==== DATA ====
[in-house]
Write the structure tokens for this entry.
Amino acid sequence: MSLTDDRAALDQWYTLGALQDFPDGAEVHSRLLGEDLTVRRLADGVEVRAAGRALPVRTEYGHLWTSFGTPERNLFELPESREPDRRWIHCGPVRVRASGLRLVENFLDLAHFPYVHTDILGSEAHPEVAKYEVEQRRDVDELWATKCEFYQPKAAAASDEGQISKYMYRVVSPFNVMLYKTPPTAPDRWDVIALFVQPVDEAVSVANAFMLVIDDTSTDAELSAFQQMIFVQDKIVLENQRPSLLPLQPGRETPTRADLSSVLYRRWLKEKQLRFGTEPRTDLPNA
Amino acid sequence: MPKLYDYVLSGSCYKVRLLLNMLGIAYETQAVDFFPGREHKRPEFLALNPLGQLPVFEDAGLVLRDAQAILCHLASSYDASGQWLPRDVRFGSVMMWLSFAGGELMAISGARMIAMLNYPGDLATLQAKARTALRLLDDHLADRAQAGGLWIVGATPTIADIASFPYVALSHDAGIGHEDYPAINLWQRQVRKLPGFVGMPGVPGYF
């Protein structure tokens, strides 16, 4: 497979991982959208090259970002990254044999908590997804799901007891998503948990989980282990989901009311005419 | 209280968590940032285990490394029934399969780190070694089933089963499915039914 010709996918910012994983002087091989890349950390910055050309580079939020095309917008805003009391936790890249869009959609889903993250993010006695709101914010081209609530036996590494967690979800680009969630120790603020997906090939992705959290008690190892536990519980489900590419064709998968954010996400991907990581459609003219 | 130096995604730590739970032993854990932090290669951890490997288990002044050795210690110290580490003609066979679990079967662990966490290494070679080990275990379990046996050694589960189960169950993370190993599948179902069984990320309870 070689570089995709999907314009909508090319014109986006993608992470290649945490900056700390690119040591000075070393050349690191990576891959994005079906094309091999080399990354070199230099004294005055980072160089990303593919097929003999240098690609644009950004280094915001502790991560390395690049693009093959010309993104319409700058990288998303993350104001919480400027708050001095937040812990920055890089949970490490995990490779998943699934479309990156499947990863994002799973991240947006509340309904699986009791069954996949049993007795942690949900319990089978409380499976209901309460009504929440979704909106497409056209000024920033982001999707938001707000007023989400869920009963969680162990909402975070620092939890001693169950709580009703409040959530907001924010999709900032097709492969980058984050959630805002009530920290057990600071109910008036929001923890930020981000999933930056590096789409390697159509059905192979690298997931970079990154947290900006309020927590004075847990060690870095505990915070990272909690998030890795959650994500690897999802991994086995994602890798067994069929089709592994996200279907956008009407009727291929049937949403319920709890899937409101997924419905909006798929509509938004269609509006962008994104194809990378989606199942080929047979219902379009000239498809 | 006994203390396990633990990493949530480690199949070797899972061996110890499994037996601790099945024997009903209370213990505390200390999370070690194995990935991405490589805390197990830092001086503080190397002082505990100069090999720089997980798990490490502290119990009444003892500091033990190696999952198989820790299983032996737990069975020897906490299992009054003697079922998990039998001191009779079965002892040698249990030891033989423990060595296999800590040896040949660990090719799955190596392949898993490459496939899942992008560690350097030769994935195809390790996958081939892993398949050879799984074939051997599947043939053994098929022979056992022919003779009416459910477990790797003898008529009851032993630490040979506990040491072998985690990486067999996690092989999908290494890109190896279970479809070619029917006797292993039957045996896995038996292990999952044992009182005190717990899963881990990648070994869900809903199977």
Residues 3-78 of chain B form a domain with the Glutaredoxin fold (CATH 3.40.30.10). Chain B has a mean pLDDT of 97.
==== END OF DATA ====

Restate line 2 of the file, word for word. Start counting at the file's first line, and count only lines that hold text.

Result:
Write the structure tokens for this entry.